Recent evidence suggests that postischemic myocardial dysfunction ('stunning') may be mediated by oxygen free radicals, but the mechanism by which they produce myocellular damage remains unknown. Since iron catalyzes formation of hydroxyl radicals (HO·) as well as HO·-initiated lipid peroxidation, we explored the potential role of this metal in the pathogenesis of myocardial stunning. Open-chest dogs undergoing a 15-min occlusion of the left anterior descending coronary artery (LAD) followed by 4 h of reperfusion (REP) received the iron chelator desferrioxamine intravenously (10 mg/kg over 45 min beginning 30 min before occlusion, then 1.7 mg·kg-1·h-1 throughout REP, n = 19) or normal saline (n = 17). Regional myocardial function was assessed by measuring systolic wall thickening with an epicardial Doppler probe. The two groups exhibited comparable systolic thickening under base-line conditions and similar degrees of dyskinesis during ischemia. After REP, however, recovery of contractile function (expressed as percent systolic thickening) as considerably greater in desferrioxamine-treated compared with control dogs: 5 ± 3 (mean ± SE) vs. -3 ± 2% (P < 0.005) at 1 h, 6 ± 3 vs. -2 ± 3% (P < 0.05) at 2 h, 5 ± 3 vs. -6 ± 2% (P < 0.005) at 3 h, and 6 ± 2% (P < 0.002) at 4 h. These differences could not be ascribed to hemodynamic factors. The results suggest that iron-catalyzed reactions (possibly HO· generation) play a significant role in myocardial stunning after a brief episode of reversible regional ischemia.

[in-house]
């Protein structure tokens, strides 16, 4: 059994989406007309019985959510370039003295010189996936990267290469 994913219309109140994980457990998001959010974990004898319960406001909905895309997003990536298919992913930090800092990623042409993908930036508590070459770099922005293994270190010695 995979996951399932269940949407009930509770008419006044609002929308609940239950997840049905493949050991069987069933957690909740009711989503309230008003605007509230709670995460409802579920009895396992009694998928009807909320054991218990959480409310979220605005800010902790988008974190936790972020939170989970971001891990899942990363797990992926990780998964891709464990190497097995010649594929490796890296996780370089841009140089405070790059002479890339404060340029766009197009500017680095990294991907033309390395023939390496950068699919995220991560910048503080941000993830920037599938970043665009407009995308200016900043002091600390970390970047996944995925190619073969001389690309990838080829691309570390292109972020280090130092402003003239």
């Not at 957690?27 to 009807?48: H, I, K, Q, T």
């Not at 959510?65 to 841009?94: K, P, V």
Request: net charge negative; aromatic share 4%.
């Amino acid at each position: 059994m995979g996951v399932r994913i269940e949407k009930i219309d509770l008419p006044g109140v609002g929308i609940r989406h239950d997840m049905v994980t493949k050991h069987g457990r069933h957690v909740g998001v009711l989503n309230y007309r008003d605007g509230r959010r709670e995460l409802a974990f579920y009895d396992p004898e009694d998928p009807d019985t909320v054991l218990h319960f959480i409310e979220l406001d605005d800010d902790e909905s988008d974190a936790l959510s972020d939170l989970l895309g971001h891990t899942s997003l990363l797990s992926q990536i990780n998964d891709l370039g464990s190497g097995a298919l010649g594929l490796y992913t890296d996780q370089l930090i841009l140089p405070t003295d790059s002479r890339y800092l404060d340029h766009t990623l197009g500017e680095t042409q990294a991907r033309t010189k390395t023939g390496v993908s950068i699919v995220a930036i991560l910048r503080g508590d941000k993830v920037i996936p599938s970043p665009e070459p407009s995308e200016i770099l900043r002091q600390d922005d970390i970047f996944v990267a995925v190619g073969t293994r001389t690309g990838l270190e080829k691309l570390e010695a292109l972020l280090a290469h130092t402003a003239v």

|Original language||English (US)|
|Journal||American Journal of Physiology - Heart and Circulatory Physiology|
|State||Published - 1987|